It is also characteristic of our "victim" society. Getting burned on your risky real estate investment? Government will step in and fix it. Afterall, it wasn't your fault, it was those greedy mortgage brokers and appraisers. Granted, there are probably plenty of appraisers who valued houses based on the number the client needed. I am sure there were mortgages written knowing the appraisal was less than honest too. But most consumers know whether they are doing things above board and those who rolled the dice should pay when things don't go their way. If everyone gets bailed out, no lessons are learned......oh wait, there is a lesson here.....take your chances, lose, and wait for government bailout.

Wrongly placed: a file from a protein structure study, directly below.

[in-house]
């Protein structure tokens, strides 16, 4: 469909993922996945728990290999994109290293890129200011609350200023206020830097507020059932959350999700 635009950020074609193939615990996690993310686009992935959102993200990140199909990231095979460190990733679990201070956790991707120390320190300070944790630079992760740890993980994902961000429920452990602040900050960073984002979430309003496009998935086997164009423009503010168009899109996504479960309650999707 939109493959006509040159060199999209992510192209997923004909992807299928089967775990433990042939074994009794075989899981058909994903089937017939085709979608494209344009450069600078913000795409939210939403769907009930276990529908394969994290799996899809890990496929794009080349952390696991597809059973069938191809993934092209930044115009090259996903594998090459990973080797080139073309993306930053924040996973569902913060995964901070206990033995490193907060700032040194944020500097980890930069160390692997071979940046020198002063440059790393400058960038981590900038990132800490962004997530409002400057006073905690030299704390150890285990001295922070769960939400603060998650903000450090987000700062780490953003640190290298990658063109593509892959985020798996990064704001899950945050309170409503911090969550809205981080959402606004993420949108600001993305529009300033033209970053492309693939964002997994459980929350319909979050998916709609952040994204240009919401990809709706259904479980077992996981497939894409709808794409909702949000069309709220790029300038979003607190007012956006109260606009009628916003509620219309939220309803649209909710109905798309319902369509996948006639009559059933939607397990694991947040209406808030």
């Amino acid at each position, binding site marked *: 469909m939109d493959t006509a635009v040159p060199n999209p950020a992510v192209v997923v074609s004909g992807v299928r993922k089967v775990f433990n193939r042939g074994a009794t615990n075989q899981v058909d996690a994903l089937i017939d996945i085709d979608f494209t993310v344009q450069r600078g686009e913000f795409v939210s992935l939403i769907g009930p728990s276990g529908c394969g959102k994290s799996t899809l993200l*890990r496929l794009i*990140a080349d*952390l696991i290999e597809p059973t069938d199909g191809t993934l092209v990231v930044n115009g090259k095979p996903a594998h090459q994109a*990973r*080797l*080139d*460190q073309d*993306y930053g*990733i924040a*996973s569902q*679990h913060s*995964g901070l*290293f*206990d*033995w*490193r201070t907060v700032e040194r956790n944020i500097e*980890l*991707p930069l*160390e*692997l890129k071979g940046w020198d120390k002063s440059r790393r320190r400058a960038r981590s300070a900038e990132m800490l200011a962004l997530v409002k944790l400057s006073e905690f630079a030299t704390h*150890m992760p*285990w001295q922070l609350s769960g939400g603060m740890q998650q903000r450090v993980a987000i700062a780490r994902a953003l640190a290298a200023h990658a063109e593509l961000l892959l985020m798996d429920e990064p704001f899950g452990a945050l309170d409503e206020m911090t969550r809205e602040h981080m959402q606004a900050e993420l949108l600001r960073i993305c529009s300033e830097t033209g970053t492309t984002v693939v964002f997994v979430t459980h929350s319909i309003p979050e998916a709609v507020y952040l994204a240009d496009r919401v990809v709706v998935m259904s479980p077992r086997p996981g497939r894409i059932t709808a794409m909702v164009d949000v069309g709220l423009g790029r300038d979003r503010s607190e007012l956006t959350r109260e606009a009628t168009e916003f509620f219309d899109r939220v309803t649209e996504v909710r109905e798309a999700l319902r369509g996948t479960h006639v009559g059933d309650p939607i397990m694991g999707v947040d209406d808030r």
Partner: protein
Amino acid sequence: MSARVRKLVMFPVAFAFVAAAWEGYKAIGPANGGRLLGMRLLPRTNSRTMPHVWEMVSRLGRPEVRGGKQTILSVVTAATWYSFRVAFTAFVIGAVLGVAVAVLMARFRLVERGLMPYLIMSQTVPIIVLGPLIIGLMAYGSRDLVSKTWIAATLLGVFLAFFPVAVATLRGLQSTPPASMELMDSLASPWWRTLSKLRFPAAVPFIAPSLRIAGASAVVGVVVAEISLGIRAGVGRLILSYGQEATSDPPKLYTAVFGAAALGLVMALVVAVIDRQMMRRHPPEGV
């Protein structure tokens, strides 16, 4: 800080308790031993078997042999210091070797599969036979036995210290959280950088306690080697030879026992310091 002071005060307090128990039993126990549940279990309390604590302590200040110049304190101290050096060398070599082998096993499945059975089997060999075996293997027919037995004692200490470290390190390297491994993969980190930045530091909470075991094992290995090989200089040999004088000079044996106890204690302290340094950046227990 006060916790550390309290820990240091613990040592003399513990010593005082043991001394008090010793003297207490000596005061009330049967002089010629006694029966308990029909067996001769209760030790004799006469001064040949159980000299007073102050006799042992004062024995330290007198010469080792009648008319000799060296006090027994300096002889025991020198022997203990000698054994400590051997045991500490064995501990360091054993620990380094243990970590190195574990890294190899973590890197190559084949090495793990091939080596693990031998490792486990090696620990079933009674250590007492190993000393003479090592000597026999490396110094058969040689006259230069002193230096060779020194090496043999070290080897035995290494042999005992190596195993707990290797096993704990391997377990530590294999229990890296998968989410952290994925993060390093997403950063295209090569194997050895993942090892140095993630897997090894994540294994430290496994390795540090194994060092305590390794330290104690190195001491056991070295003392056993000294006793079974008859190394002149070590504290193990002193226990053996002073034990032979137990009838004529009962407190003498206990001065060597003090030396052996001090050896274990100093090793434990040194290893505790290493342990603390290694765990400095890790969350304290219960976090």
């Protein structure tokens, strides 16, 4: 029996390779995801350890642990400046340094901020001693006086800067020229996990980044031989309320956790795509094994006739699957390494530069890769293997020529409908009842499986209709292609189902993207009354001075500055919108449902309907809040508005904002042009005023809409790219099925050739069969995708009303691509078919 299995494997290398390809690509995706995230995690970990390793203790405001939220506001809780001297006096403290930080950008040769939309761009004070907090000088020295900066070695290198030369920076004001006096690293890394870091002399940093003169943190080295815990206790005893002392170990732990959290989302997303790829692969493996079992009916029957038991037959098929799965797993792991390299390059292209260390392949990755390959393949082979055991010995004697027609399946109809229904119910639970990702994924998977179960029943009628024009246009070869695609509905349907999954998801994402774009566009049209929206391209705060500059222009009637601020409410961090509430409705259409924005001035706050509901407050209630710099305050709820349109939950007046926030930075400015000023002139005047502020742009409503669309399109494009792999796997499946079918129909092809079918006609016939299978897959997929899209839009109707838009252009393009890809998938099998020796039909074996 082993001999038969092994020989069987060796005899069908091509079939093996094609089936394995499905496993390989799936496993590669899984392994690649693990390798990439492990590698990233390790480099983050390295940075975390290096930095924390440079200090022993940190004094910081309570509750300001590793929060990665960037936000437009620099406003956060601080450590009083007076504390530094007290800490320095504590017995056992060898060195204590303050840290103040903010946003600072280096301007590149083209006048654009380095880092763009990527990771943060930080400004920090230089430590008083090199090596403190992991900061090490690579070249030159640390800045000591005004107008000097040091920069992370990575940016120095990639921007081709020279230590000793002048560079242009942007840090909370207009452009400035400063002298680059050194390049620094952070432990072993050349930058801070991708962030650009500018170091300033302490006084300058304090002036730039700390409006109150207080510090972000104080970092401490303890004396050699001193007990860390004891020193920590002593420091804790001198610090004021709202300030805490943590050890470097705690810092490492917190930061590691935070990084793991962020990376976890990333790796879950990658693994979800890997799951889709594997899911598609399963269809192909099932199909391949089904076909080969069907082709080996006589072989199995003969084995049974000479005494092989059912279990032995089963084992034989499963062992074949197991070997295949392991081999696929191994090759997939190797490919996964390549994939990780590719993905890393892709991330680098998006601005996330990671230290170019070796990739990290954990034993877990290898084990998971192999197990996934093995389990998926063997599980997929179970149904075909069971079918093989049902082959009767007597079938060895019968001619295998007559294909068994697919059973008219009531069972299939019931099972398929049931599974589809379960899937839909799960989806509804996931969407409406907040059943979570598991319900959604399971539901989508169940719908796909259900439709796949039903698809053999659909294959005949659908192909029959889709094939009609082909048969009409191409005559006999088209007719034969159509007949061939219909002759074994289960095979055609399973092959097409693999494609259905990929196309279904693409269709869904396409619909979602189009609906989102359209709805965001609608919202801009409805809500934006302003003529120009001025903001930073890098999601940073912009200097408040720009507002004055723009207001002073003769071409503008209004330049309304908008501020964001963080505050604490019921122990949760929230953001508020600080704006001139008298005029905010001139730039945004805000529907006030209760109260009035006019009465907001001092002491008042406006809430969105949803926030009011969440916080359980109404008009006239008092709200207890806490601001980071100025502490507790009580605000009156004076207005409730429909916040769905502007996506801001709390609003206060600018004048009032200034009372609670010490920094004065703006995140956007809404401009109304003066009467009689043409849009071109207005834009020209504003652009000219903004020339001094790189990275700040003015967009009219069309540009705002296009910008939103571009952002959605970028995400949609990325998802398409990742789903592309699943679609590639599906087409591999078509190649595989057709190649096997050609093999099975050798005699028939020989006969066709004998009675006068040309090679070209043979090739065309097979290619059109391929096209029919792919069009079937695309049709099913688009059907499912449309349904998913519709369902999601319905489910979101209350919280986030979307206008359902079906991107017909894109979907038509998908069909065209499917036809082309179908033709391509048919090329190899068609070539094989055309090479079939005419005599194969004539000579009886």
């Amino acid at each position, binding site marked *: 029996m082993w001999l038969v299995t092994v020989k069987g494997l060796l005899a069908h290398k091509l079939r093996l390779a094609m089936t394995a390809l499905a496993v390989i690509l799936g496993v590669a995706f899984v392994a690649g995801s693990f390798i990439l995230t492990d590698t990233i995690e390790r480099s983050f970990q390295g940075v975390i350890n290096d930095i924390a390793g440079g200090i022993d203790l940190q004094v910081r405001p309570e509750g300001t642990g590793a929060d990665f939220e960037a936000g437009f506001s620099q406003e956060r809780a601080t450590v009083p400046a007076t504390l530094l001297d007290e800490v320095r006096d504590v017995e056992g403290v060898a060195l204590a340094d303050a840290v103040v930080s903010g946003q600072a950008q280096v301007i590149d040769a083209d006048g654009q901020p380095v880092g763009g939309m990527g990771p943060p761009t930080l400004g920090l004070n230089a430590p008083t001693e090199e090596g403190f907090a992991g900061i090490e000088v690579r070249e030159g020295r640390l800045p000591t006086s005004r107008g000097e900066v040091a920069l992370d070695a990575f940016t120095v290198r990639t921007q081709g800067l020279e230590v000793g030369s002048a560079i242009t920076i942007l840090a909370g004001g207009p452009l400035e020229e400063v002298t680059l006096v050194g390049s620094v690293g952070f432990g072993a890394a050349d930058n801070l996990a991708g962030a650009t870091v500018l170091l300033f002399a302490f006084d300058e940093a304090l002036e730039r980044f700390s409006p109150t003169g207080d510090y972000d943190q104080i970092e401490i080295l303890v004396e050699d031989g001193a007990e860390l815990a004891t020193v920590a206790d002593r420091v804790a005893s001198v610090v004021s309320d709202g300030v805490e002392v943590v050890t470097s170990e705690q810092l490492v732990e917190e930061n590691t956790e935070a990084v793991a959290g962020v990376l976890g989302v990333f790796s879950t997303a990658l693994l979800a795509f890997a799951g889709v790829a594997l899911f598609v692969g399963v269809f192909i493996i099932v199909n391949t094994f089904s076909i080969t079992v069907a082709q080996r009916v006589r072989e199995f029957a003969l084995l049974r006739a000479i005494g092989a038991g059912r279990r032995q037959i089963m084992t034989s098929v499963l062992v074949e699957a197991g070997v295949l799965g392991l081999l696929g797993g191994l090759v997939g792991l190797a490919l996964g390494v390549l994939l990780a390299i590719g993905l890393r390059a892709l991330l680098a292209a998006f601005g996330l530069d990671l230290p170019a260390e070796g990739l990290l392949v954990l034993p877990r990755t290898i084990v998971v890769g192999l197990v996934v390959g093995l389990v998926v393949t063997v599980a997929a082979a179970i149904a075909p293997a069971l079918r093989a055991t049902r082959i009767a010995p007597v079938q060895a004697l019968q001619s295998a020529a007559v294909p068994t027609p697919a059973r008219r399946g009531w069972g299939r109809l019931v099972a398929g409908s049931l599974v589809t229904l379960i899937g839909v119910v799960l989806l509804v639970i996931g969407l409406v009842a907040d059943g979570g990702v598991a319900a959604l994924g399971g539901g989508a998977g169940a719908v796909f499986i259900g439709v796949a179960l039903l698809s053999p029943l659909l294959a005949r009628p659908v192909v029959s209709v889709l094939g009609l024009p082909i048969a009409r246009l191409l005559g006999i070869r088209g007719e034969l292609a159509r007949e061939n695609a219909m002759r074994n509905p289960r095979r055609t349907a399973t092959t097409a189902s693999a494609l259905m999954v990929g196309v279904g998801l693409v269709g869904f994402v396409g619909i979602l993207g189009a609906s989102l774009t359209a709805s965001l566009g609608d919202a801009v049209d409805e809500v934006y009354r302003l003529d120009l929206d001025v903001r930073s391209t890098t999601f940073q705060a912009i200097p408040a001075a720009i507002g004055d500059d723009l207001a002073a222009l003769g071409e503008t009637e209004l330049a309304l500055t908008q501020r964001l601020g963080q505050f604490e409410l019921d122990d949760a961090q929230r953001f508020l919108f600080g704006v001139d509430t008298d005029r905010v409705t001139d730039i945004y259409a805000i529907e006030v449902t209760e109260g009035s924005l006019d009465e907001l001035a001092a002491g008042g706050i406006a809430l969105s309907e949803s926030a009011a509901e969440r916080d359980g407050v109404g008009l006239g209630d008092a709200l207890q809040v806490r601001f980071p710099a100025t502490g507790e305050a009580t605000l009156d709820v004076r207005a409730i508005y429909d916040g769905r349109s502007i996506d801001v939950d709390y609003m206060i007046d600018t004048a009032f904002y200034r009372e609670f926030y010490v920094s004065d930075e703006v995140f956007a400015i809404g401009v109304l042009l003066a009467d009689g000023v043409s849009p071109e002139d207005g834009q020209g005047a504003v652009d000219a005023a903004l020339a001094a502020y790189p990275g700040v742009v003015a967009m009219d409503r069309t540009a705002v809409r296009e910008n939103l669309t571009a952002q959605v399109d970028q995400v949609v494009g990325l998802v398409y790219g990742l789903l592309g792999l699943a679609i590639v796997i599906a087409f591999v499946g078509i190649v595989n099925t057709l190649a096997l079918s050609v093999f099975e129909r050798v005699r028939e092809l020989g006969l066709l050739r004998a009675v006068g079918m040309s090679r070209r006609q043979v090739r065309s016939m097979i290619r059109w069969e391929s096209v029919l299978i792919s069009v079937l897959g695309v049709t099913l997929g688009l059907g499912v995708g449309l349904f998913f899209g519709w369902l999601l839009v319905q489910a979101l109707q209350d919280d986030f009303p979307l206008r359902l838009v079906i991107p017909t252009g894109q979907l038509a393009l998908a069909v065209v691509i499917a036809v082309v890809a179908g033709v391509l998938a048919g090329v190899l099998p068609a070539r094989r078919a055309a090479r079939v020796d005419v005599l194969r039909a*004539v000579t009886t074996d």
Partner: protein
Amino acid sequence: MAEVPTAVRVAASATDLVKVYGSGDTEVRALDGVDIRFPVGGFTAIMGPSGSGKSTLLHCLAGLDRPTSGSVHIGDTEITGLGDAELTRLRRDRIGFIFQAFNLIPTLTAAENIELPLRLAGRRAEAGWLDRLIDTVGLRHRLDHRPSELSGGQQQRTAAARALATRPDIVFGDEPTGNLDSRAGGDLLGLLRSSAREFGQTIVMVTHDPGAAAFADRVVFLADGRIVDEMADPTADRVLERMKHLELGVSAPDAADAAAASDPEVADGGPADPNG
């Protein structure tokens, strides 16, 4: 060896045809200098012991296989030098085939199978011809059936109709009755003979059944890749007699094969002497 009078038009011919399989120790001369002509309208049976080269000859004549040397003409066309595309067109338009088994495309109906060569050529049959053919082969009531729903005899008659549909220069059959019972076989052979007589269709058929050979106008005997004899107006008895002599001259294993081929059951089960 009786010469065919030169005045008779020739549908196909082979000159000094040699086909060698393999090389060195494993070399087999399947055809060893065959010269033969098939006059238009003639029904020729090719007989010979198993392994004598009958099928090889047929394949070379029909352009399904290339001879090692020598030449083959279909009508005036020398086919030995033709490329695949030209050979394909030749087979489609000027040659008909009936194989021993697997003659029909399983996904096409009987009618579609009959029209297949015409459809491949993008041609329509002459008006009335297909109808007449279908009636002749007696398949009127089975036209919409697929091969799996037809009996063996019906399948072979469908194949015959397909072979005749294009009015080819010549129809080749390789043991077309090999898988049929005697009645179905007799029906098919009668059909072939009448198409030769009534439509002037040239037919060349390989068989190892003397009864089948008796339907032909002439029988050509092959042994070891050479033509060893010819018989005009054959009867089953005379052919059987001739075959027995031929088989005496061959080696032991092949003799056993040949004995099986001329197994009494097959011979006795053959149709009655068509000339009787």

__________________
Retire date Jan. 10, 2018
ikubak is offline   Reply With Quote
Old 06-29-2008, 12:29 PM   #19
Thinks s/he gets paid by the post
Bikerdude's Avatar
 
Join Date: Jul 2006
Posts: 1,901
I don't like paying my own 'stupid' tax but I REALLY don't like paying 'stupid' tax' for someone else.
__________________
“I guess I should warn you, if I turn out to be particularly clear, you've probably misunderstood what I've said” Alan Greenspan
Bikerdude is offline   Reply With Quote
Old 06-29-2008, 01:07 PM   #20
Thinks s/he gets paid by the post
ladelfina's Avatar
 
Join Date: Oct 2005
Posts: 2,713
ikubak, I didn't put a value judgment on it. It just "is".. and "was".

The gov. is not delaying foreclosure on these properties, it's the banks' choice. They get to make some numbers look healthier and they have someone in the house to maintain it, probably paying HOA and taxes, too, which would otherwise be on the banks' dime.